Aldermen Sound Off On Inspector General Ordinance
Very rarely are there close votes in the Chicago City Council, long criticized as a rubber stamp for the mayor. But it happened yesterday as aldermen fiercely debated expanding the powers of Inspector General Joe Ferguson, allowing him to investigate aldermen.
In the end, the council approved a Diet Coke version of a much stronger measure that only weeks ago had a majority of aldermen supporting it.
So what happened?
Below, some highlights from our conversation.
On losing support for the original version of the ordinance
“It’s a real shame that we didn’t get all the way, but the fact that we had 23 votes shows what a tremendous appetite for reform there is in City Council," Ald. Michele Smith said.
“Between things that I think were misinformation given to aldermen about the impact of this, and perhaps some scare tactics, I can’t tell for sure … but a few aldermen retreated who I didn’t expect to retreat. So we’re really glad that we got this far, and we’re not going to give up, and there’s still a ways to go. But this is as … close as we’ve ever gotten.”
On behind-the-scenes lobbying for the watered-down version of the ordinance
Ald. John Arena said Ald. Ed Burke (14th Ward), the chairman of the finance committee, was behind the scenes lobbying for votes on the second, more restrictive version of the measure.
“I believe that there was a bit of protectionism going on, that he doesn’t want that kind of oversight. He doesn’t want [Inspector General] Joe Ferguson," Arena said.
“So for whatever reason, he still wants to keep that in the closet. He worked hard. He worked the floor. I don’t know if he made offers. He didn’t come and invite me to the table, but he knew where I stood on this.”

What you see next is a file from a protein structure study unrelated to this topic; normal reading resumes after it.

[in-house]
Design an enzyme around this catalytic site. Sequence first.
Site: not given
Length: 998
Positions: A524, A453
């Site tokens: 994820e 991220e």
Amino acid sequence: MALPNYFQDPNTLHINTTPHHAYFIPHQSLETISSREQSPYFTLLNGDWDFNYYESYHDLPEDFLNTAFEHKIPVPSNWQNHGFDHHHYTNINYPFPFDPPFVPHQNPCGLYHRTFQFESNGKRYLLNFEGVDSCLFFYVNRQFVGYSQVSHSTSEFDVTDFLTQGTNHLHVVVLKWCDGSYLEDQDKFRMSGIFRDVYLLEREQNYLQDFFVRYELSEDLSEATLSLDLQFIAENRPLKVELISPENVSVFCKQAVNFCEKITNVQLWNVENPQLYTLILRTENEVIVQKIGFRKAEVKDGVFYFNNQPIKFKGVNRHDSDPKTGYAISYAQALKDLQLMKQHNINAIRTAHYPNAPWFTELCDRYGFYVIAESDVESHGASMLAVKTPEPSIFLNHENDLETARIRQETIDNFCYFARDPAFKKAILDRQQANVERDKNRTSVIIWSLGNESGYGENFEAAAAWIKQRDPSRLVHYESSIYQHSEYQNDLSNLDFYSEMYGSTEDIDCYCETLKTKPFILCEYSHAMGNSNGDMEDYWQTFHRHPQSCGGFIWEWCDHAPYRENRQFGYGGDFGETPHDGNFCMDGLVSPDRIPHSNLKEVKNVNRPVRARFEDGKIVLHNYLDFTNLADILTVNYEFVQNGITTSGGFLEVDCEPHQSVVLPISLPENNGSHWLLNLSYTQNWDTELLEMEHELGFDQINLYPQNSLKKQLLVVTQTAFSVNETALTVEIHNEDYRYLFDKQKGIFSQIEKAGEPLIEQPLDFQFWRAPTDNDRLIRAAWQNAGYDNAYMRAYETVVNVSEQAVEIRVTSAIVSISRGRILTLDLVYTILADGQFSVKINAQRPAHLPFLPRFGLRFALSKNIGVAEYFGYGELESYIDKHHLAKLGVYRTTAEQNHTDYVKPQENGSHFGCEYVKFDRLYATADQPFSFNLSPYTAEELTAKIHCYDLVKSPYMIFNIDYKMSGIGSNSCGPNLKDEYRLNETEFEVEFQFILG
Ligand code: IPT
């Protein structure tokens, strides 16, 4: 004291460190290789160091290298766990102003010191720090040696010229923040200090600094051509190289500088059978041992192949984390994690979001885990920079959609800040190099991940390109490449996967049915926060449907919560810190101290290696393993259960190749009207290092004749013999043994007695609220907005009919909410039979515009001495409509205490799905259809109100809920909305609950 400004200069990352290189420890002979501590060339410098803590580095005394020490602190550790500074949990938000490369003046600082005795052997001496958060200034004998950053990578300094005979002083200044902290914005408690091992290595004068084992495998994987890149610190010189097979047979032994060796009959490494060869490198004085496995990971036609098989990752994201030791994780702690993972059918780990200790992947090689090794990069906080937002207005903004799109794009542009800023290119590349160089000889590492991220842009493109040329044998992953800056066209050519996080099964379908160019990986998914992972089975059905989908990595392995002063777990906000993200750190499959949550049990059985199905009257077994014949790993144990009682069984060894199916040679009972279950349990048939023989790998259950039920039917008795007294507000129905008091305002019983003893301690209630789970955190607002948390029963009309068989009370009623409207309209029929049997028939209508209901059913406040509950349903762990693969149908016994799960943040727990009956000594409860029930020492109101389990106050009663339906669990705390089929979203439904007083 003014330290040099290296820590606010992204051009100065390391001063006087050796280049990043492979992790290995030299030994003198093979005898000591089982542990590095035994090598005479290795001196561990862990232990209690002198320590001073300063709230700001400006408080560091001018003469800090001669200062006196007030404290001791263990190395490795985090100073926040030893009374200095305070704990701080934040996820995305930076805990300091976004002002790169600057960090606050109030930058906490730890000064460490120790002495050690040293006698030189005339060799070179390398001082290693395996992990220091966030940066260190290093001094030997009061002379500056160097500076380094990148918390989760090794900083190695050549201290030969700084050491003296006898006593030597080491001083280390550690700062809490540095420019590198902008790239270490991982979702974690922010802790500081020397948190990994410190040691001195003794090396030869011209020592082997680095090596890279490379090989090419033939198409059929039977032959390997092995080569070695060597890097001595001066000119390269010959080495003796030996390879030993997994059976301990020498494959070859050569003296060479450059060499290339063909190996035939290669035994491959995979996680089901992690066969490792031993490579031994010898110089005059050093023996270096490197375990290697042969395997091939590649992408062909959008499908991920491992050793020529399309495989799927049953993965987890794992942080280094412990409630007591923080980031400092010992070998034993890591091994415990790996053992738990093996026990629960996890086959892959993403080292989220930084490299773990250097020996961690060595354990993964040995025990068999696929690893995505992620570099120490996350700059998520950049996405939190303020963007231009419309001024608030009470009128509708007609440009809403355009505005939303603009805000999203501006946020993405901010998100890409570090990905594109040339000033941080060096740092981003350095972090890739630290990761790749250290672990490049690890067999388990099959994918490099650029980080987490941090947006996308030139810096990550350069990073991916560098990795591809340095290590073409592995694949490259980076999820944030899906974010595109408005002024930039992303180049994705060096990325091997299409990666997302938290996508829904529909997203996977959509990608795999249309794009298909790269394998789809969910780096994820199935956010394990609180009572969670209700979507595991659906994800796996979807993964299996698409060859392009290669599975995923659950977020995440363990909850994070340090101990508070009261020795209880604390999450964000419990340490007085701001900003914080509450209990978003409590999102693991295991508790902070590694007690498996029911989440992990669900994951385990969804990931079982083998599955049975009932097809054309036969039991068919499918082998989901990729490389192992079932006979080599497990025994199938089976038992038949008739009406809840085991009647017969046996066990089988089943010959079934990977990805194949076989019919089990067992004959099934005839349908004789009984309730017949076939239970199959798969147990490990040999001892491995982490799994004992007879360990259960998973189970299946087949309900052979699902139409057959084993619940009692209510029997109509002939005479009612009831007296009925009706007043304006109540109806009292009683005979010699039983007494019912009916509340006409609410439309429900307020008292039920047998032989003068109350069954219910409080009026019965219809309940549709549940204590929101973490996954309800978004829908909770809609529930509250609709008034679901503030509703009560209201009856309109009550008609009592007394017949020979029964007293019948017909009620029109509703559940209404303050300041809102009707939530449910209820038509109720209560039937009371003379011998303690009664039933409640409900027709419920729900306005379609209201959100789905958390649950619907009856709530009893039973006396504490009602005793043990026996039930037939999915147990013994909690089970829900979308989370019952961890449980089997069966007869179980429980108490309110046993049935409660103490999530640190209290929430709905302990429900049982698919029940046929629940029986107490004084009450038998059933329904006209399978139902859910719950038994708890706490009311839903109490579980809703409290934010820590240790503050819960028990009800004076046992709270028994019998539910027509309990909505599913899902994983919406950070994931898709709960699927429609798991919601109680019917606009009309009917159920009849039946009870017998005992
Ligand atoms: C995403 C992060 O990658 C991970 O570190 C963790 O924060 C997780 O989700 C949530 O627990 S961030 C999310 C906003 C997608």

On his decision to vote in favor of the amended ordinance
“Either way, at the end of the day, I was going to vote for an inspector general to investigate us. Whichever one came out … whether it was the amendment or the original version, I would have voted yes for either one that came before me that day," said Ald. Roderick Sawyer.
Sawyer said he doesn’t think the second version of the measure was “diluted” or “weaker.”
“The original version was a good version. I think the amended version was also a good version for my personal reason," he said.
Watch the video to hear our full discussion.
City Council on Wednesday proved that it is ready for reform – just not very much reform. It was a tense debate over which reform measure to support: one that would give Inspector General Joe Ferguson broad, sweeping powers to investigate and audit aldermen, or a more hands-off approach favored by powerful Ald. Ed Burke (14th Ward).
Feb. 9: As aldermen debate who should be allowed to investigate them, former City Council watchdog Faisal Khan talks about his time at City Hall and why he billed the city for a flat-screen TV.
Feb. 8: The City Council is expected to vote this week on whether to extend the powers of city Inspector General Joe Ferguson to cover the activities of the City Council itself. More than 30 aldermen are said to be supportive of the measure, but key alderman are trying to dilute the powers that Ferguson may be given. A panel of aldermen tells us what they think will happen.
Jan. 13: Just when you thought City Council might actually be ready for reform, two powerful aldermen put the brakes on. An effort to give city Inspector General Joe Ferguson the power to investigate aldermen was delayed even after a majority of City Council members said that they support the effort.